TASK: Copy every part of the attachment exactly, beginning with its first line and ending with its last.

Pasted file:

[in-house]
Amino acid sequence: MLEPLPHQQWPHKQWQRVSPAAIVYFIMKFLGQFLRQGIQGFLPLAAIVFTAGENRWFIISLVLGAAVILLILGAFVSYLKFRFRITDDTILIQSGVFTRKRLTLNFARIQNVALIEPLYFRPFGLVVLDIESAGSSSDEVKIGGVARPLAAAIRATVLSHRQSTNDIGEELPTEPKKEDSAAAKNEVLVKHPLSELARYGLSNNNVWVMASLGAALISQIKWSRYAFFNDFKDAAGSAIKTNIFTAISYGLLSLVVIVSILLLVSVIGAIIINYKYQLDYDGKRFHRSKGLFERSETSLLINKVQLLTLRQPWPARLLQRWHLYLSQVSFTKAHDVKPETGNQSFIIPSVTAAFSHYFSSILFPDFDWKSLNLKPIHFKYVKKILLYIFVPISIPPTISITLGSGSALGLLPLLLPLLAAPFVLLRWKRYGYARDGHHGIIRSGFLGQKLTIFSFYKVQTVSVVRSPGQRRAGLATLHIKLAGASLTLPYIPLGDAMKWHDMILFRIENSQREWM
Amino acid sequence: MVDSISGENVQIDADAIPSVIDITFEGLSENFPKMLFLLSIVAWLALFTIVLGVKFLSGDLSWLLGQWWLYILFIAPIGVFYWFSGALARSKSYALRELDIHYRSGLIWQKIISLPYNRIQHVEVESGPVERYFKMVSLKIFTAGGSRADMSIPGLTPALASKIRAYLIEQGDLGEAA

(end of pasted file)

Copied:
[in-house]
Amino acid sequence: MLEPLPHQQWPHKQWQRVSPAAIVYFIMKFLGQFLRQGIQGFLPLAAIVFTAGENRWFIISLVLGAAVILLILGAFVSYLKFRFRITDDTILIQSGVFTRKRLTLNFARIQNVALIEPLYFRPFGLVVLDIESAGSSSDEVKIGGVARPLAAAIRATVLSHRQSTNDIGEELPTEPKKEDSAAAKNEVLVKHPLSELARYGLSNNNVWVMASLGAALISQIKWSRYAFFNDFKDAAGSAIKTNIFTAISYGLLSLVVIVSILLLVSVIGAIIINYKYQLDYDGKRFHRSKGLFERSETSLLINKVQLLTLRQPWPARLLQRWHLYLSQVSFTKAHDVKPETGNQSFIIPSVTAAFSHYFSSILFPDFDWKSLNLKPIHFKYVKKILLYIFVPISIPPTISITLGSGSALGLLPLLLPLLAAPFVLLRWKRYGYARDGHHGIIRSGFLGQKLTIFSFYKVQTVSVVRSPGQRRAGLATLHIKLAGASLTLPYIPLGDAMKWHDMILFRIENSQREWM
Amino acid sequence: MVDSISGENVQIDADAIPSVIDITFEGLSENFPKMLFLLSIVAWLALFTIVLGVKFLSGDLSWLLGQWWLYILFIAPIGVFYWFSGALARSKSYALRELDIHYRSGLIWQKIISLPYNRIQHVEVESGPVERYFKMVSLKIFTAGGSRADMSIPGLTPALASKIRAYLIEQGDLGEAA